AFP Photo / Getty Images / Stephen Lam
Your smartphone may be far less secure than you think. A group of computer scientists say they’ve found a way to hack into six out of seven popular apps like Gmail on Android, Windows and iOS platforms, with a success rate of up to 92 percent.
The weakness, which was discovered by researchers from the University of California Riverside, means they could get potentially sensitive information, such as looking at emails and changing passwords. Thankfully for unsuspecting citizens, the team says it has no interest in using any personal data, but will instead present its findings in a paper: “Peeking into Your App without Actually Seeing It: UI State Inference and Novel Android Attacks,” at the USENIX Security Symposium in San Diego on Friday.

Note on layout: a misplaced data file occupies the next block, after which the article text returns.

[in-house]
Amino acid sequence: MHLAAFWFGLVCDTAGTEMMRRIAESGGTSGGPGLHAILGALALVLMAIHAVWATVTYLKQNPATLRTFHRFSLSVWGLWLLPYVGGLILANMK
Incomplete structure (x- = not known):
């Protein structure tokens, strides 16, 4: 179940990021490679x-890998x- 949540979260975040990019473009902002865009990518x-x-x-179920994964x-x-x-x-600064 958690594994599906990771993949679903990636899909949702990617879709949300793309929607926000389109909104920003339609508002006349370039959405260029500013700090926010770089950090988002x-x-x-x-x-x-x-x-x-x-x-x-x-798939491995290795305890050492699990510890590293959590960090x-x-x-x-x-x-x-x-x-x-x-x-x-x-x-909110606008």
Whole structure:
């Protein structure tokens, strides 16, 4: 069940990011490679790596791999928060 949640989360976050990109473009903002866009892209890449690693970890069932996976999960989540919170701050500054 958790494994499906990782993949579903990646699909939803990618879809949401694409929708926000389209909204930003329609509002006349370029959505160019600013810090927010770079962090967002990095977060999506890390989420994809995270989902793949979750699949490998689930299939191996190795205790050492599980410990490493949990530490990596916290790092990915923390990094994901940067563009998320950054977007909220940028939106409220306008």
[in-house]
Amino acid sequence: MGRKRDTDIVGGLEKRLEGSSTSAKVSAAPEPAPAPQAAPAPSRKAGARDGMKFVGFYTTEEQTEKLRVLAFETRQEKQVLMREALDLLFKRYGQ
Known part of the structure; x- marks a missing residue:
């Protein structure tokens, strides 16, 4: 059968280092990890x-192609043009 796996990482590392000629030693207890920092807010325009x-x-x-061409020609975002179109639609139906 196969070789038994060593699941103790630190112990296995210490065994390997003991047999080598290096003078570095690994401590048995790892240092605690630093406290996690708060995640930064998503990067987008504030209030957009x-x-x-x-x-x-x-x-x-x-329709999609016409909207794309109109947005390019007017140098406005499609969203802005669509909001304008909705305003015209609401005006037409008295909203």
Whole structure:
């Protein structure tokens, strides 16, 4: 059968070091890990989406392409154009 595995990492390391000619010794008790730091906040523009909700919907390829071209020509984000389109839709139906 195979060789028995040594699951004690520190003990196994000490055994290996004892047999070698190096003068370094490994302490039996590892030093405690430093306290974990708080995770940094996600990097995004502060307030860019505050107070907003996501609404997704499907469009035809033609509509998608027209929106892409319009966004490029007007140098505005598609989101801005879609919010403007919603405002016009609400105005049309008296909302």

The team believed they could find a fault in an app because so many are produced by so many different developers. Once a user downloads a number of apps to his or her smartphone they are all running on the same shared platform, or operating system. Therefore users leave themselves open to attacks as an Android phone allows itself to be hijacked or pre-empted.
“The assumption has always been …read more